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ISUMMARY OF PASSIN3 EVENTb…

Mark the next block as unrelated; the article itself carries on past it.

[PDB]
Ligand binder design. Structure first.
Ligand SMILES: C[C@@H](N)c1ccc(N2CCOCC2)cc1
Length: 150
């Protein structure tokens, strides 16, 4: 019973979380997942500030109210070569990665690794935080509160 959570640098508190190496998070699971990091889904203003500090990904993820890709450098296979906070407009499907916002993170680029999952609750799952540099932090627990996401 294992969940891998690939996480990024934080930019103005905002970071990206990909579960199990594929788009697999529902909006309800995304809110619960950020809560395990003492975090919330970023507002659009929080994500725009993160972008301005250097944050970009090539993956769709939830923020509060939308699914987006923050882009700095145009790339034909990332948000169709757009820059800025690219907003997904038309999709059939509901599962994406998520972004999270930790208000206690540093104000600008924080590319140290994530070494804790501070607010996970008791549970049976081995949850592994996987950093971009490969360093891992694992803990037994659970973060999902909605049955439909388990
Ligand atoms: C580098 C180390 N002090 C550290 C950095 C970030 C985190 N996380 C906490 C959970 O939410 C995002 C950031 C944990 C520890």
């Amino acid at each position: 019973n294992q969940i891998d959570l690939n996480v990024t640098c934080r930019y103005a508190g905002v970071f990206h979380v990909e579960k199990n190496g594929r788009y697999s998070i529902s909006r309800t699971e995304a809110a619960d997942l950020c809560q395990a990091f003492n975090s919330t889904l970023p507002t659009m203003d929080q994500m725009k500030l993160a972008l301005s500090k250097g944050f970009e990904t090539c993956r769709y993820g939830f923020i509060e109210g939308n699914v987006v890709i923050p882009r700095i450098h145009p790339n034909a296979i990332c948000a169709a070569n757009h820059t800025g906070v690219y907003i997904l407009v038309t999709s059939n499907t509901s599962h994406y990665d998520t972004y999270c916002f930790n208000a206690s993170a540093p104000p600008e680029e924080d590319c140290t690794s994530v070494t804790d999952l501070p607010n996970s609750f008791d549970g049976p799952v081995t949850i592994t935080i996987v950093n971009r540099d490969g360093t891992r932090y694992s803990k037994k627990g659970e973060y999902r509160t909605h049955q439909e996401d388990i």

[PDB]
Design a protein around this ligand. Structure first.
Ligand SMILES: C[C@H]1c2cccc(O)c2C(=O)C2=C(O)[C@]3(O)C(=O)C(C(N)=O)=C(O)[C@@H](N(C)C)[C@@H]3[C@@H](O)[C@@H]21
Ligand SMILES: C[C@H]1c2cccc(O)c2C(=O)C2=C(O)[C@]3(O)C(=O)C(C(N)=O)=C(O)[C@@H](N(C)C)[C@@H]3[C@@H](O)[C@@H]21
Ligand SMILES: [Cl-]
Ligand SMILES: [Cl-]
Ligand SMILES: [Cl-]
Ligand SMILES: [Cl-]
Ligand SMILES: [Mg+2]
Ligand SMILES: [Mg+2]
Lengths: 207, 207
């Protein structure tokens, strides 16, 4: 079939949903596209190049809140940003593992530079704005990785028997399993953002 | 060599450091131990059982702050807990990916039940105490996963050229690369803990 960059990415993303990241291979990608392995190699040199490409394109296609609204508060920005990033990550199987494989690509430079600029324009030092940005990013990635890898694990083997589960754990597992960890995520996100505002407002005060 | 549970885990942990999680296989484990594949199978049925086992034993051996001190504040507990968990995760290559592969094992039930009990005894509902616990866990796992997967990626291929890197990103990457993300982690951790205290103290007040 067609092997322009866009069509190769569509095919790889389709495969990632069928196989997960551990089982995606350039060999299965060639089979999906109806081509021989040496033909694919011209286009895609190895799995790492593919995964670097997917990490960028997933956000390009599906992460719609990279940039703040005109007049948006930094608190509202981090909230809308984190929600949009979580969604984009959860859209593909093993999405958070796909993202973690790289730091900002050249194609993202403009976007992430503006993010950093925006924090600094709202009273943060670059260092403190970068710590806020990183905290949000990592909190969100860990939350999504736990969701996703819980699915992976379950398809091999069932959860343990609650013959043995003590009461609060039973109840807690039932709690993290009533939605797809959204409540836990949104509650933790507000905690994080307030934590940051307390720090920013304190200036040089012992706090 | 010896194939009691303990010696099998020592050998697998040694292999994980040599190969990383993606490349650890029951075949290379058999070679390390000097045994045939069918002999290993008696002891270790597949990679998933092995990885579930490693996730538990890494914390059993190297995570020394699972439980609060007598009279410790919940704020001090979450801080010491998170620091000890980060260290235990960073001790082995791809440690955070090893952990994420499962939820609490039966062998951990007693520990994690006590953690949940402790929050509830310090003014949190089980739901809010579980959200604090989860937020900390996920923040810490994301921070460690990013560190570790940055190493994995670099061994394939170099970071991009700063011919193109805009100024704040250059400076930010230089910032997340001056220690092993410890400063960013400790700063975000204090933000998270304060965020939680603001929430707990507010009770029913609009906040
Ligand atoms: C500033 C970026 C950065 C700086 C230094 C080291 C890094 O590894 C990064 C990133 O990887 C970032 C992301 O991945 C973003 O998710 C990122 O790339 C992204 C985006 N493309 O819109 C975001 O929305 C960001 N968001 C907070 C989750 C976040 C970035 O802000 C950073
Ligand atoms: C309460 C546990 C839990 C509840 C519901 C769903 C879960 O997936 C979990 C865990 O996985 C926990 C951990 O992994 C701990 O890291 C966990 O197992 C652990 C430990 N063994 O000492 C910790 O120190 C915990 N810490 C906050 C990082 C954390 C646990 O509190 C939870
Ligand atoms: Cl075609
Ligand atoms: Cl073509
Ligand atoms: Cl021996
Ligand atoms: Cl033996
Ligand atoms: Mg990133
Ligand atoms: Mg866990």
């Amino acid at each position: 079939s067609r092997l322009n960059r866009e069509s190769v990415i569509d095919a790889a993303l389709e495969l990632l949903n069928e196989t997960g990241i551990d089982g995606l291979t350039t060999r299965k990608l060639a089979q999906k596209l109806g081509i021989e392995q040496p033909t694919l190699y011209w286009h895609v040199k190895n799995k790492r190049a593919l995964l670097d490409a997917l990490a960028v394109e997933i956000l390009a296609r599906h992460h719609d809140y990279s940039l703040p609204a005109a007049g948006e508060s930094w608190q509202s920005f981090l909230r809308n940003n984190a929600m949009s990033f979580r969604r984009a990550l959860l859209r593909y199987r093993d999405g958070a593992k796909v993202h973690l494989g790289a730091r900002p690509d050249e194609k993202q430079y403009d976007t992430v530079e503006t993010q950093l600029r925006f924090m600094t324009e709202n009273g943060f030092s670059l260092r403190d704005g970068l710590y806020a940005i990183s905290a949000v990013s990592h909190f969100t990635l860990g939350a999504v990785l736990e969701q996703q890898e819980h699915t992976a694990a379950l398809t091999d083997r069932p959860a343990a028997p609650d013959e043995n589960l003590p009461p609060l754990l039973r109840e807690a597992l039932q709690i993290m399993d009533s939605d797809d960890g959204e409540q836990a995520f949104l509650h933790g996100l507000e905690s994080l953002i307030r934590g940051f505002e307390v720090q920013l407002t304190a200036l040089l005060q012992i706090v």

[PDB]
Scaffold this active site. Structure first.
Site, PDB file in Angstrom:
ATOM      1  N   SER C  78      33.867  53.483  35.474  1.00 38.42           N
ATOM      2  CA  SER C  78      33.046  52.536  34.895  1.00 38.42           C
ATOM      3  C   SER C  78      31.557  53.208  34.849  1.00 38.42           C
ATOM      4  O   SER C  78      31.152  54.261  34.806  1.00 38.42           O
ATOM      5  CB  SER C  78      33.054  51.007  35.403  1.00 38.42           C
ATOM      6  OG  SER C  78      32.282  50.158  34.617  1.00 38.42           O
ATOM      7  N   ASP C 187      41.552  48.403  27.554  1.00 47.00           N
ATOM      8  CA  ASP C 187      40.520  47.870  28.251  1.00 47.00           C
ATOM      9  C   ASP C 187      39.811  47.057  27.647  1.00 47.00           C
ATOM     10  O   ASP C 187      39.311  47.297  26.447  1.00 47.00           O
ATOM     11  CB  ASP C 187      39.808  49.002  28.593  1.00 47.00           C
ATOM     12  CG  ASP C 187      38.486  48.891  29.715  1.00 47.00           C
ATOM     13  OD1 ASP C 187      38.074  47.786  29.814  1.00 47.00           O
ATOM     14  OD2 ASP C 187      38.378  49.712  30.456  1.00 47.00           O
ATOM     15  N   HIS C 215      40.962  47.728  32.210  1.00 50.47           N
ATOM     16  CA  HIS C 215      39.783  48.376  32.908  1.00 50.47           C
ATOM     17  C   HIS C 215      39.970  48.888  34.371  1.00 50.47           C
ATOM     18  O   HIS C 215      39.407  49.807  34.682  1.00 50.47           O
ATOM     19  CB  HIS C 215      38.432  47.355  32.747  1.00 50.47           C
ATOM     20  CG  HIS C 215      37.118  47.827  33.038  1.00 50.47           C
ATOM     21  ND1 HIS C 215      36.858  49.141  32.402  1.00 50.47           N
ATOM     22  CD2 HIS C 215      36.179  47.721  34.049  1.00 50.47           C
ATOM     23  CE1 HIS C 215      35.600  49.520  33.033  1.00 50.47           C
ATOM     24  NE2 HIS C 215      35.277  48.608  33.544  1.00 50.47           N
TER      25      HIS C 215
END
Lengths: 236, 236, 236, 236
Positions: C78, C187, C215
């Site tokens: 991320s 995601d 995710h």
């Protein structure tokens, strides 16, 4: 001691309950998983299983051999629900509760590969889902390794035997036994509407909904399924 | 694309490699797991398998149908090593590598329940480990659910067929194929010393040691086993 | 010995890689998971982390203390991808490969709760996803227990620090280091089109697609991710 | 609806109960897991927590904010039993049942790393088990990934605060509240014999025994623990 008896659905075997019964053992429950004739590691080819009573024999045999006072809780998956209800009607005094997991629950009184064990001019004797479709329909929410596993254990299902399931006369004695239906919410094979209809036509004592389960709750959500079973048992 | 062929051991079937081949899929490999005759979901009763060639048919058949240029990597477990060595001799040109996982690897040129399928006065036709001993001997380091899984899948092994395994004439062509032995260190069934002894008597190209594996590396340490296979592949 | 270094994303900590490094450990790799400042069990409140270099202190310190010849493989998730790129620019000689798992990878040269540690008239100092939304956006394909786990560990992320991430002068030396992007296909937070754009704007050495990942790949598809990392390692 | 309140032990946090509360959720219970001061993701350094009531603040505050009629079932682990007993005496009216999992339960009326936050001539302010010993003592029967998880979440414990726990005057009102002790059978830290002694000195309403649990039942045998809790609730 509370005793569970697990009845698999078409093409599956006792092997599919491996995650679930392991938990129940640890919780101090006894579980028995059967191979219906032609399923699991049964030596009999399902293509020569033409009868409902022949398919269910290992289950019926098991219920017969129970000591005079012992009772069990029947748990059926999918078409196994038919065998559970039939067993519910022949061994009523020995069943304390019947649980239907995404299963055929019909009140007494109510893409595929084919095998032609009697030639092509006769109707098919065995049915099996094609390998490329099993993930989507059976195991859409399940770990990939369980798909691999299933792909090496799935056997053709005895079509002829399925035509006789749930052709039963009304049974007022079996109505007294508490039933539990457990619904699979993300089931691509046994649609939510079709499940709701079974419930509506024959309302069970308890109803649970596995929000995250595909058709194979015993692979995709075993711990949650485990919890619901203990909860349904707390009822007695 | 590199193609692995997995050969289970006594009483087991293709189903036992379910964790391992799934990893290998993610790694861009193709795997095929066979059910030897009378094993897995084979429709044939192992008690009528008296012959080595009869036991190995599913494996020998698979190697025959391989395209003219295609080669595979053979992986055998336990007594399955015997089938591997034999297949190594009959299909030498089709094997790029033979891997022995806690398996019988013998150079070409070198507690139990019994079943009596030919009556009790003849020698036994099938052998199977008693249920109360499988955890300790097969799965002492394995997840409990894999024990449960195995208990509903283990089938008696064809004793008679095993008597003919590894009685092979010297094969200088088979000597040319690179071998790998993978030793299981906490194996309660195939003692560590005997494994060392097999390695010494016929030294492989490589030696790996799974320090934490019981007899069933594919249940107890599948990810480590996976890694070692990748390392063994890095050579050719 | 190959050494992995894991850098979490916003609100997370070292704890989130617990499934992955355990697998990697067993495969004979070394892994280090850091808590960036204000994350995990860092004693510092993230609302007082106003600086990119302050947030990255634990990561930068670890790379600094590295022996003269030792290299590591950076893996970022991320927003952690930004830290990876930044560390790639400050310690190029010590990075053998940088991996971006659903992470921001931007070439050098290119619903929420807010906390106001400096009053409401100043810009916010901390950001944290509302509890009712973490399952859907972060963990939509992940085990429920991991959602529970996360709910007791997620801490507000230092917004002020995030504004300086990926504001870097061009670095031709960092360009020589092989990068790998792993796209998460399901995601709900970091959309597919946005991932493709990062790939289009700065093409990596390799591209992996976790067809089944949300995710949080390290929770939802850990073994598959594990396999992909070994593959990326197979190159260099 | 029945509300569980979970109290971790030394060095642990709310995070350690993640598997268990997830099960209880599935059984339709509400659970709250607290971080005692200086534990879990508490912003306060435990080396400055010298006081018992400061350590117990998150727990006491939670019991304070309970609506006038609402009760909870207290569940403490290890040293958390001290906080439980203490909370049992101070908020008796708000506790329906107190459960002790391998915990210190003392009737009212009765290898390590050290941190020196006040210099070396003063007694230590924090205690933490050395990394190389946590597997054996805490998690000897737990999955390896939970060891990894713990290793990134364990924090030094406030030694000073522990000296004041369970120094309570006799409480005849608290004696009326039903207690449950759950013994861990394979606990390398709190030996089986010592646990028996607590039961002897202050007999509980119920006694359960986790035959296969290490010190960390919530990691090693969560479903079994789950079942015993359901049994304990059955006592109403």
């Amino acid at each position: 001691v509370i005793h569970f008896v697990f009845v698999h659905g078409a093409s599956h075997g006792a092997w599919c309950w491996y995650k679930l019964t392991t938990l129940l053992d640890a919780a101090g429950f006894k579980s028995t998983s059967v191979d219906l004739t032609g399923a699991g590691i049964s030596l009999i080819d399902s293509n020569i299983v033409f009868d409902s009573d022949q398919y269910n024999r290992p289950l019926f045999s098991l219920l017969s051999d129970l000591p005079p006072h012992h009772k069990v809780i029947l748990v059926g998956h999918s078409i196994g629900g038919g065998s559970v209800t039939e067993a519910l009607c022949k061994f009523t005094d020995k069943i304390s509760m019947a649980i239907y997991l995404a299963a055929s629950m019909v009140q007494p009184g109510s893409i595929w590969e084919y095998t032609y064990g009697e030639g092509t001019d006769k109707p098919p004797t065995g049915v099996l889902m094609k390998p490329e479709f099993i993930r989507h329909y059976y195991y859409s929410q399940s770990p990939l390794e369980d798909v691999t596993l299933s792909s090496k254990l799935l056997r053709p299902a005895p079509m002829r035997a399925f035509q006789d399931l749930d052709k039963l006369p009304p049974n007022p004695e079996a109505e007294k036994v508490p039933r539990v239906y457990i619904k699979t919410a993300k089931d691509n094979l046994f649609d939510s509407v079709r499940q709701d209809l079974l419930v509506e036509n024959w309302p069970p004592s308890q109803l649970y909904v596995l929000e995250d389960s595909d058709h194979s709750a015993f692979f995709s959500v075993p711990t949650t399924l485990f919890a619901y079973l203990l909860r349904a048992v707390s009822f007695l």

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SUMMARY OF PASSIN3 EVENTb THE oppressive heat of the third week in August, though not very agreeable to the human constitution, has been of the greatest service to the growing crops, and the rain which followed, instead of injuring them, has been very beneficial. There is every prospect, we are happy to hear, of a good harvest, should the weather be propitious for the next fortnight or three weeks. The thermometer in the 'un on the 13th and 14th of August stood at 121Q on an average, which is 11 points above blood heat, and even in the shade it reached 85"; and people in most parts of the kingdom were almost panting for breath. There have been several instances of persons dying from exposure to the sun's rays. A CORRESPONDENT writing from Rome says that the cholera is making great havoc in that city and the environs. "The disease," he says, "is of the most virulent character, the majority of those attacked dying in two or three hours." In so small a place as Albano, where the climate is considered very salubrious, hundreds of cases occur daily! Nine of the family of the ex-King of Naples were attacked, and the Queen-Dowager and two of her children are dead. In a postscript the writer says-" Worse and worse news of the cholera. Cardinal Alfieri, Princess Colonna, and hosts of others, have died after a few hours' illness. Those who fly from Rome die in reaching their destinations. This has been seen at Terni, Leghorn, and elsewhere." WE are not exempt, however, from complications. The very unusual circumstance of fining a high sheriff has just occurred. Mr. Malachy Hussey, the High Sheriff of Dublin, was not present in the Commission Court held in that city, and the Lord Chief Justice, viewing it as a grave breach of duty, ordered a fine of £50 to be recorded against him, and rumour says that the said high sheriff will not readily submit to his lord- ship's decision. THE administrative irregularities in the Government of the United States have rather an unhealthy appear- ance. The President and his Secretary-at-War differ upon many points, and Mr. Johnson called upon Mr. Stanton, his War Minister, to resign, which he declined to do, as he considered his appointment as permanent as the President's. Mr. Johnson, however, took no notiee of the refusal, but appointed General Grant to what he termed the vacant office. Thus, the Government are in what the Americans call a fix," which is interesting from the very closeness of the parties to one another. THE use of the knife is becoming now a common occurrence in England. Stabbing is carried to such an extent in Bristol that the foreman of a grand jury at the recent assizes suggested that some steps should be taken to prevent sailors roaming about the streets at night with knives in their possession. The frequency of noc- turnal stabbing, it was urged, was sufficient to show the importance of such a recommendation, in which the judge fully acquiesced. We find, also, that in most large seaports a similar complaint is made. Jack," when he gets ashere after a long voyage, takes to drink, his brain becomes maddened, and, as every sailor carries a knife, these results follow. A CASE was tried at the Ipswich Assizes which shows how foolish it is for persons not to follow what the law prescribes. A gentleman named Millburn was pro- secuted, at the instance of the Lunacy Commissioners, for receiving and taking charge of a lunatic, not having legal authority to do so. There was no denial of the fact that the defendant had undertaken the care of a gentleman named Barnes, nor was there any dispute as to his having treated his patient with the greatest humanity and kindness. Nevertheless, the law had been broken, as no licence or certificate had. been obtained. A fine of 150 was inflicted, and paid early next morning. IT is characteristic of Englishmen to celebrate any special event with a dinner. The members of the London Working Men's Association and delegates from the trades' societies who took part in the Trades' Reform demonstration of December last, met at Birmingham the other day, and unanimously resolved to invite the Re- formers of London to hold a Reform fete and banquet on an early day, to celebrate the passing of the Reform Bill. The fete will take place on a Saturday. Mr. Gladstone, Mr. Bright, and others of the Liberal Parliamentary leaders are to be invited. Delegates from all the trade societies will be invited to join the committee. The arrangements are intended to be on the largest possible scale, and the tickets placed as low as possible, to enable the working men to take part in the proceedings. THE terrible accident on the London, Chatham, and Dover Railway, which resulted in the death of a guard, is only another instance of the sacrifice of life on account of the obstinacy and cupidity of railway companies. It appears that some person had been cutting the linings of the carriages and stealing the horsehair. The company offered £10 reward for the apprehension of the offender. The unfortunate guard fancied he had discovered him, and was creeping along the roof for positive proof, when his heal came in contact with a bridge, and he was killed instantly. All this might have been prevented if the company had only adopted the simple plan of having a passage through the middle of the carriages, so that the guard could walk from one end of the train to the other whenever he pleased. All the telegraphs, the glasses to be smashed, the wires to be pulled, and the dials to be turned, are inefficient, simply because- however good they may be-they must occasionally fail. Suppose a blood-thirsty villain had thrown a passenger on the floor of a first-class carriage and held a knife to his throat, how could he smash a thick glass, or go through all sorts of mysterious operations with a dial! The plan we refer to is adopted on continental lines, and has answered admirably-murderers and thieves, never knowing when the guard may be walking through the train, discontinue their former villanous propensities. Whatever may be the expense, we think the Govern- ment should insist in such a scheme as this being carried out in England. UNREFLECTING persons little think how fashion somtT times affects large portions of the community; the ladies, for instance, do not draam how the change in bonnets has brought to starvation the strawplaiters of Luton, Dunstable, Bedford, and contiguous villages. Some years ago every lady had a straw bonnet of some kind or another, and at this season of the year the young ladies, at least, prided themselves on broad- brimmed mushroom hats-indeed, at that time a large family, before starting for the seaside, literally thatched themselves with straw, from Paterfamilias down to the youngest baby; now, however, not only have hats decreased in size and bonnets faded to a cobweb, but very little straw is used in the manufacture of either. We are told that at Luton, on market days, something like X5,000 worth of etrawplait was foimerly sold per week, and now only a few yards are purchased. This has thrown many thousands of women and children out of employment, and also a large number of men known as blockers," whose occupation is entirely gone. It is well the public should know this before the winter comes I on, so that, if possible, something may be done to alle- viate the distress which must necessarily follow a want of employment. The ladies came gallantly forward to help the poor Coventry ribbon weavers then, in the words of a contemporary, cannot some female Curtius plunge into the gulf and set the fashion for gigantic straw hats at Scarborough or Ryde 1" The poor straw-plaiters were called into existence by Queen Fashion, and surely her most fickle majesty will do something to help them in the day of their trouble.